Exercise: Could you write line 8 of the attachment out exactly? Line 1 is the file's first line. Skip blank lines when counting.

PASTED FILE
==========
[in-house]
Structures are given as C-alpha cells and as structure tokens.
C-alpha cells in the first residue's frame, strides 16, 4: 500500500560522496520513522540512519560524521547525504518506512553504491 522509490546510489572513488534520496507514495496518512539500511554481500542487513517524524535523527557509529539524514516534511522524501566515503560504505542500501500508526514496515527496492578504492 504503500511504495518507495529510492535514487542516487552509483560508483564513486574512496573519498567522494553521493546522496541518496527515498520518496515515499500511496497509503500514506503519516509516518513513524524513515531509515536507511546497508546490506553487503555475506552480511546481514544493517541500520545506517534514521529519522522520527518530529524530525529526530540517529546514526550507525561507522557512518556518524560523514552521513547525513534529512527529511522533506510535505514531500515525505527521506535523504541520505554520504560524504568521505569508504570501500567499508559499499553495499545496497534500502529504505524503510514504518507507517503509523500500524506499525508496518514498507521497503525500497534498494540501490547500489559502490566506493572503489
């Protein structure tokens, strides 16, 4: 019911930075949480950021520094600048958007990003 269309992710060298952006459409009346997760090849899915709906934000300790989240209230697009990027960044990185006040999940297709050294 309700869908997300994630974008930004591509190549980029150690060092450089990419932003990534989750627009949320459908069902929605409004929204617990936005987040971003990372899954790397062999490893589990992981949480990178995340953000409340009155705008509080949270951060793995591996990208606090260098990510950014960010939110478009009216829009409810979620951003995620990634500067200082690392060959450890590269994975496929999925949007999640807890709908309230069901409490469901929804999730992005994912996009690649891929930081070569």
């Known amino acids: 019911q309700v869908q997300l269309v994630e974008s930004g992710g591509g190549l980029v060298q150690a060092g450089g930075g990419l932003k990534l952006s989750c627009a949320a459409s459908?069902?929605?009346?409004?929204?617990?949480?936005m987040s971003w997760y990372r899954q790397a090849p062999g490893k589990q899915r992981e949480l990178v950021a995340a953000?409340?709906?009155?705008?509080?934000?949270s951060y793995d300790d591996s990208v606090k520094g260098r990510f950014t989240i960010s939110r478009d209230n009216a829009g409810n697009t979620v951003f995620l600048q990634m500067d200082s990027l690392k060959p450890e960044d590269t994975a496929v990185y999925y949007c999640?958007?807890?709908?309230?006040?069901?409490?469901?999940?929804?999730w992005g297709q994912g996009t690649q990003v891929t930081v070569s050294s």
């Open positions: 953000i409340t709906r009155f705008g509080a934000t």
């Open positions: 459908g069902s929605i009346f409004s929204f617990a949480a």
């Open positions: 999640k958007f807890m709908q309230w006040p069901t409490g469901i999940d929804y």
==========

């Open positions: 999640k958007f807890m709908q309230w006040p069901t409490g469901i999940d929804y």